Category Archives: Contemporary fiction

Women Who Inspire

After a few arguably negative posts (of stuff I don’t like), I’m inspired to write on something I do like, and such good timing given the explosion of conversations ATM about misogyny, gender disparity, everyday sexism, and stuff like that.

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Emma Watson, and her project Our Shared Shelf, continues to warm the cockles of my heart, which is curious given that I’m reduced to thinking that the human species is fairly stupid (myself included) and probably deserves to go the way of the dinosaurs (think Musk’s mission to land a car (his own car) on Mars, and the current fascination with AI in relation to sex robots (just two of many examples of human stupidity I could produce for you, here)).

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If you feel even the merest prick of curiosity, click the link to read Emma’s own words on the latest choice of book: LINK

And if you don’t, well… more fool you (ya big stupid).


Tomato Killer / Published by Dead Ink Books

Publishing the Underground

Dead Ink is a publisher of [anti] literature, publishing contemporary fiction, poetry, reviews and interviews online, digitally and in print.

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Do tomatoes feel pain? Can you empathise with the Tomato Killer? Do you wanna hear what happened to the eggplant…?

Find out by reading Matthew Simon Alexander’s Tomato Killer @ Dead Ink

deadink25 @DeadInkBooks


Lone Star State (Ennui// as in, ‘Succumbs to Ennui’//) #2

When Loneliness Comes to be Viewed as Somewhat of a Relief…

The sun outside helps to cast a shadow of a vase, empty of flowers, that cuts across almost the whole length of the linoleum (?) floor covering of the office. It is a floor covering with the craziest of patterns on its surface, a pattern which the elongated shadow seems to complement perfectly in the brief time it has – the shadow forming an almost perfect point at the neatly placed feet of Robyn’s father, as he sits with Robyn and Robyn’s mother as they await a meeting with the Principal. Robyn is not exactly sure that such a floor covering is befitting of such an office…

The Principal sits stunned, staring at the handwritten letter on the desk.

Robyn’s parents sit stunned staring at the Principal staring at the handwritten letter on the Principal’s desk.

Robyn sits, not so much stunned as taken aback at the sight of the Principal sitting stunned whilst staring at the handwritten letter on the Principal’s desk as Robyn’s parents sit stunned staring at the Principal and the letter on the desk…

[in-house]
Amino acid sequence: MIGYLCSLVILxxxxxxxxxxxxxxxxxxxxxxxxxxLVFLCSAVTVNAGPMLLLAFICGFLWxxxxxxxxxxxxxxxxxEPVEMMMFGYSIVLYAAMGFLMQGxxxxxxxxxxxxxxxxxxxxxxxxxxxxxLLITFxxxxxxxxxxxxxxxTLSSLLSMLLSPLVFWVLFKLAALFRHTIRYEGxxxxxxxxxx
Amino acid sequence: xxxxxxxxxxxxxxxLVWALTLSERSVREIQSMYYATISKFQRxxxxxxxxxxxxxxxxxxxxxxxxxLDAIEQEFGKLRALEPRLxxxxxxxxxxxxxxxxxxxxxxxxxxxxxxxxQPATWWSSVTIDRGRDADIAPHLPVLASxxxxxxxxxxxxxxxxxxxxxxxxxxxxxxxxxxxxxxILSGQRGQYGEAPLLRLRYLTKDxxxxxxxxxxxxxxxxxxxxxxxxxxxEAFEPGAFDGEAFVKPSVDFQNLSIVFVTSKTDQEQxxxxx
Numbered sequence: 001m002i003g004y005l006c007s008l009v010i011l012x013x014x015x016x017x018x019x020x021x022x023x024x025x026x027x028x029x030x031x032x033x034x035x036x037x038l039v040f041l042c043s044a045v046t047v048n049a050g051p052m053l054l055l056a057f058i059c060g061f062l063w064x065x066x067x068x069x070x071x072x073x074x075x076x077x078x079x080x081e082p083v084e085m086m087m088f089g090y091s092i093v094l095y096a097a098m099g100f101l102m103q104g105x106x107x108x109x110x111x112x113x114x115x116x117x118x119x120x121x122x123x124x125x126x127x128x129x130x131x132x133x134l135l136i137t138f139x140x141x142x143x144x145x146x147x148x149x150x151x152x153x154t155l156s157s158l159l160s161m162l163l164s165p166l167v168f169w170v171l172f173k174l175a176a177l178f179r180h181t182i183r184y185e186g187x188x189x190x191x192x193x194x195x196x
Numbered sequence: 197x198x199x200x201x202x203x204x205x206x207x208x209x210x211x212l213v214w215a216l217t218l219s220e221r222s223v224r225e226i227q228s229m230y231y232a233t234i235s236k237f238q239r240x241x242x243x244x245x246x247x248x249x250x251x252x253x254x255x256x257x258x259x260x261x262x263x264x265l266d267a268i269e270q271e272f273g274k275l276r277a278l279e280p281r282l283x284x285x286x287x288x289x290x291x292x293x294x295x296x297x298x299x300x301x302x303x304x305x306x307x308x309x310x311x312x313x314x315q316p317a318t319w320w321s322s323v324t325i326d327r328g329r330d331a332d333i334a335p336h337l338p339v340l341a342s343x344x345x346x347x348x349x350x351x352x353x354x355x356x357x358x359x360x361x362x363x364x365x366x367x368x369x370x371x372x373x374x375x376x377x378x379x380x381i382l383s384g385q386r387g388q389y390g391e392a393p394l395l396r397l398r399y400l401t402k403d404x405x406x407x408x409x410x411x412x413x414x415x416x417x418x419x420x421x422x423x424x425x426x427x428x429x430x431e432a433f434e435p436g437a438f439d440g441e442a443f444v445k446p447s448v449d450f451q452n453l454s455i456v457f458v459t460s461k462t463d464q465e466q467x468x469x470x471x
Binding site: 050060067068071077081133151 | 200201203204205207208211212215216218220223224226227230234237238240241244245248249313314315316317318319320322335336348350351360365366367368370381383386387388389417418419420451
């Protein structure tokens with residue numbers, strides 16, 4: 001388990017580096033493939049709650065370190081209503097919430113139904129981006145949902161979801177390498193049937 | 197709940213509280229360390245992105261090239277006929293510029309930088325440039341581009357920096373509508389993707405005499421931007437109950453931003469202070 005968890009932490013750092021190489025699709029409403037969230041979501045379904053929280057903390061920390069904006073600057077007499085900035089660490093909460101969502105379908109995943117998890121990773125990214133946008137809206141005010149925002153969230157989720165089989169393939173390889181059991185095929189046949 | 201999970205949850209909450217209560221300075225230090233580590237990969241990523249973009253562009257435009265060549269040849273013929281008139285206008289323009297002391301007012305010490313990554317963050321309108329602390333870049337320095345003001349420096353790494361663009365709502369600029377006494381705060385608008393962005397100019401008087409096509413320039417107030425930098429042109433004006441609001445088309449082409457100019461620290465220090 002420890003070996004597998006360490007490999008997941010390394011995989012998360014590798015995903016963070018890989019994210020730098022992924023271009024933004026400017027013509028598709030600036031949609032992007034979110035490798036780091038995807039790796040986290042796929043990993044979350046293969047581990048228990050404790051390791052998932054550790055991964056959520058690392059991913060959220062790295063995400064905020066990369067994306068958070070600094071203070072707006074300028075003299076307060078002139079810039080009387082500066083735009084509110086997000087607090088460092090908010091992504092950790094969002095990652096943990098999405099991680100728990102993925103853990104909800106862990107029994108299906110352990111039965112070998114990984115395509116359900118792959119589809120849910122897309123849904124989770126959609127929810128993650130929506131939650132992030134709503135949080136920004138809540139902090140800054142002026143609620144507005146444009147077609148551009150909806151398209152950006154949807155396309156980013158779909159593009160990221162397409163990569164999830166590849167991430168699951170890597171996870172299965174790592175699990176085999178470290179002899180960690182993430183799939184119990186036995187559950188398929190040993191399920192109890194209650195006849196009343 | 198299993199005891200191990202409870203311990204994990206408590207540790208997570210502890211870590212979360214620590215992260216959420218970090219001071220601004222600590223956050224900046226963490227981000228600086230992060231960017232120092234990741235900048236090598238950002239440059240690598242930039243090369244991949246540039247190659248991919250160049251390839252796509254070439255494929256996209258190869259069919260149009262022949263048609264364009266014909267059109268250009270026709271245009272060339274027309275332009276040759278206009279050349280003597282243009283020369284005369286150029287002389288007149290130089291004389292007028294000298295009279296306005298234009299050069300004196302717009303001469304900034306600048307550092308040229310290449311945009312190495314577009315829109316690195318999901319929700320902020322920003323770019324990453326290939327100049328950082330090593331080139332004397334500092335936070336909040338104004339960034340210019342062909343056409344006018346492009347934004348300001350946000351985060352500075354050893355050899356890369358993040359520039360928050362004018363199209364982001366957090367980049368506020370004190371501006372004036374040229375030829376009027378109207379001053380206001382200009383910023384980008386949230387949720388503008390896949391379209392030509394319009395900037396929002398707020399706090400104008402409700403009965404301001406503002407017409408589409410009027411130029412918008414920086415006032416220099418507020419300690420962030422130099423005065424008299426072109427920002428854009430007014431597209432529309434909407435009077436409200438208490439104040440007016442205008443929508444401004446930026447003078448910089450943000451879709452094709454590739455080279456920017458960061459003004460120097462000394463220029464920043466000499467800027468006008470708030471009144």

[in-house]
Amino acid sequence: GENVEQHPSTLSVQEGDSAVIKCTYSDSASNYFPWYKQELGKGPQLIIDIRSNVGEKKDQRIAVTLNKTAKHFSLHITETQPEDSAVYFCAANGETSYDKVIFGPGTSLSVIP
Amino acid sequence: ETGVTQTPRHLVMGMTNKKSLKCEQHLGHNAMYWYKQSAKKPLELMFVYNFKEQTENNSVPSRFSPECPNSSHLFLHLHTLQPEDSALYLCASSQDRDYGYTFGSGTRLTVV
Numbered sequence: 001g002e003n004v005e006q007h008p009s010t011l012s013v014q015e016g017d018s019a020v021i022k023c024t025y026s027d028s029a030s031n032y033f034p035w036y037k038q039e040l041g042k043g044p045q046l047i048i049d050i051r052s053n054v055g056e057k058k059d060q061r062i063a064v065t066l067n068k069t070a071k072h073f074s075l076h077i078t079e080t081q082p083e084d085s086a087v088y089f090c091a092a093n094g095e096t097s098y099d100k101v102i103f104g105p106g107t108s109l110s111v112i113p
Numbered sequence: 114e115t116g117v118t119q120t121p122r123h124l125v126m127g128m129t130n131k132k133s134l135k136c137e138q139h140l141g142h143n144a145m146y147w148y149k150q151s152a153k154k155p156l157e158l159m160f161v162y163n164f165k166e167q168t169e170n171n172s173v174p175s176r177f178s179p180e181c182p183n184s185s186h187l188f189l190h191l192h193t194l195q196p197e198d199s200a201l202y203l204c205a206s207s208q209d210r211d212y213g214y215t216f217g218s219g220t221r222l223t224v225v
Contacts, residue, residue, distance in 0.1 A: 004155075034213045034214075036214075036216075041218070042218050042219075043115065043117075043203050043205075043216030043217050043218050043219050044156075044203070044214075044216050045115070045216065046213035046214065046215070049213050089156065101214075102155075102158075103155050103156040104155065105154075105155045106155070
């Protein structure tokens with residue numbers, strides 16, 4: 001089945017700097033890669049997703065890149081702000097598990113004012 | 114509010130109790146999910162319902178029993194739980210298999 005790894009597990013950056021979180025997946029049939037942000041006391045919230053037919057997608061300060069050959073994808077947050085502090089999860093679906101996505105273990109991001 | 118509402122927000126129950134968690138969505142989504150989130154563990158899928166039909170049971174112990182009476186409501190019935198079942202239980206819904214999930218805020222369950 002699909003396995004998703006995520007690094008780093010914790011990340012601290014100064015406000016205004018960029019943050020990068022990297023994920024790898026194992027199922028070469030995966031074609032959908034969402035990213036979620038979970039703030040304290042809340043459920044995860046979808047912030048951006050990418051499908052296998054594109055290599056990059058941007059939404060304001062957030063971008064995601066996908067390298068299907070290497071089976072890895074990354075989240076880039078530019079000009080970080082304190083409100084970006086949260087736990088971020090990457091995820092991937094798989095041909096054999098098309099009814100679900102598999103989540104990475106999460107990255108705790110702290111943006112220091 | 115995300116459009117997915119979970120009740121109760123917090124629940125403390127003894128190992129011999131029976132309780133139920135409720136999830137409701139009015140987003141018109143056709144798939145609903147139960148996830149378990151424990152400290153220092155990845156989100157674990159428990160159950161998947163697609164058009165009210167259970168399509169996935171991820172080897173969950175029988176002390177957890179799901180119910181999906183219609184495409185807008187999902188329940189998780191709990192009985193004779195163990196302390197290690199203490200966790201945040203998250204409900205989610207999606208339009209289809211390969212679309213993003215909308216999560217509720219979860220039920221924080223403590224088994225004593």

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(The handwritten letter)

 

Dear Principal Harris,
I write to you today to explain my reasons for writing what I did, and to explain that by writing such a thing I should not be made out to be the monster that I am now perceived to be by most of the faculty, and possibly yourself. ♥
In response to what seemed like an endless droning on by the teacher taking the class for literacy that day that ‘to be well read’ is somehow vital to a person’s success in life I etched onto the desk, as you know, that Hitler was well read. This is a fact. He was well read, that cannot be disputed – as stated at our impromptu meeting. ♥
To make my point more explicit I could also state that Stalin was well read. There are other examples of dictators and sociopaths that I could mention with respect to their reading habits, but I don’t wish to bore you with them. My argument could also be extended to an appreciation of art and culture, of sorts, if you wish, because it can be said that in art and architecture, Hitler was appreciative of certain aesthetics; then there’s Tito, a keen art-lover and commissioner of art himself; there’s also Goering, a huge fan of Botticelli; and Goebbels, a lover of Rembrandt’s works. ♥
What I am saying here, is that the seemingly endless fascination that currently exists in our education system at the moment with brainwashing us into the act of reading (and by extension, an ‘appreciation’ of culture) is, by-and-by, banal at best and does not guarantee that a person will go on to live a good life. And what I am definitely saying, and I feel that this point has been lost along the way judging by the reactions I’m getting from the faculty, is that I do not condone the behavior of such individuals. I make the point simply to offer another voice in the face of what feels like a really odd, and at best misjudged, kind of propaganda. And if we wanted to get out of vague, abstract notions of ‘value’ and into concrete examples, then I could also note that Stalin influenced the well-worn apothegm used in business, and other things, of ‘the-five-year-plan,’ you know, the one where you write your goals down in order to achieve them. ♥